The lawyers and staff at Pushor Mitchell LLP want to share that after 30 years as an invaluable member of the team, their longtime partner, Susan Connaghan has decided to retire.
A Power of Attorney, if used carefully, is an important estate planning tool. This legal document is commonly prepared to provide for situations where a person cannot manage his or her own affairs.
Pushor Mitchell is pleased to welcome Shaun Campbell to the firm as an associate lawyer.
Shaun Campbell is an associate lawyer with Pushor Mitchell who practices in the areas of Business Law and Real Estate. Shaun’s approach to the practice of law reflects a calm demeanour and careful attention to detail while helping his clients make practical, well-informed decisions. Shaun was born and raised in Vernon, British Columbia. He then […]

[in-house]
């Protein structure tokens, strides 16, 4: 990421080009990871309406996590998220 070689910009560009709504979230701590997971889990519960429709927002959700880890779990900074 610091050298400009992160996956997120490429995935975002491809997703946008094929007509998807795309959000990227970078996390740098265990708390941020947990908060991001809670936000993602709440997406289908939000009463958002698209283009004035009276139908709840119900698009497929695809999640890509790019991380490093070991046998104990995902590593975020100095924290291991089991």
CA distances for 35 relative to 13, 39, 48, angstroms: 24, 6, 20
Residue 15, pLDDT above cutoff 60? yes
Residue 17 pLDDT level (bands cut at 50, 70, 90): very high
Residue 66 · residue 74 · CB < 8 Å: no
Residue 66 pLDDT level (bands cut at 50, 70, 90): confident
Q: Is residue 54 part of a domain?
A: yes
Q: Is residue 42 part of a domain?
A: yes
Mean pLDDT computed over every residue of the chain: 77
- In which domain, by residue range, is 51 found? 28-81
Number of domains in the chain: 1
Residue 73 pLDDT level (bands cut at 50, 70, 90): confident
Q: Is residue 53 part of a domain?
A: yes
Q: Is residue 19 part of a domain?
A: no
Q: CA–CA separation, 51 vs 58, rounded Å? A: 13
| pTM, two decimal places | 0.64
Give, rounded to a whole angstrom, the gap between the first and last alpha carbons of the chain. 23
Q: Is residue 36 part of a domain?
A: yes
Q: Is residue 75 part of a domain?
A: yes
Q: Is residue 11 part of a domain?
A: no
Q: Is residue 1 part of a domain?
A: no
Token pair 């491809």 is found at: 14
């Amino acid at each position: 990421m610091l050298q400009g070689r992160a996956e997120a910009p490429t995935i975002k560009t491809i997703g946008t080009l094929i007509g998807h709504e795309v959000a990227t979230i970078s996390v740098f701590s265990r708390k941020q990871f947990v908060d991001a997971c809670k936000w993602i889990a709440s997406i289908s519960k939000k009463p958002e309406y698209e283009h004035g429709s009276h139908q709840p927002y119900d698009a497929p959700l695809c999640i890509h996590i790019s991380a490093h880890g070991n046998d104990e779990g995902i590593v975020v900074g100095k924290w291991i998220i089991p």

Associate Patrick Bobyn has been elected to a one year term on the Kelowna Chamber of Commerce Board of Directors.
The B.C. government is taking over the running of the provincial homeowner grant from municipalities.
If you have been appointed Executor in a Will, there are a wide range of obligations if you accept the position of Executor.
We are pleased to announce that Paul has become a Partner in the firm effective January 1, 2021.
A Representation Agreement is a legal planning document which can be used in British Columbia to provide your named representative the authority to make health care decisions for you if you are unable to do so because of mental or physical disability.
We are pleased to announce that Brian has become a Partner in the firm effective January 1, 2021.
We are pleased to announce that Mark has become a Partner in the firm effective January 1, 2021.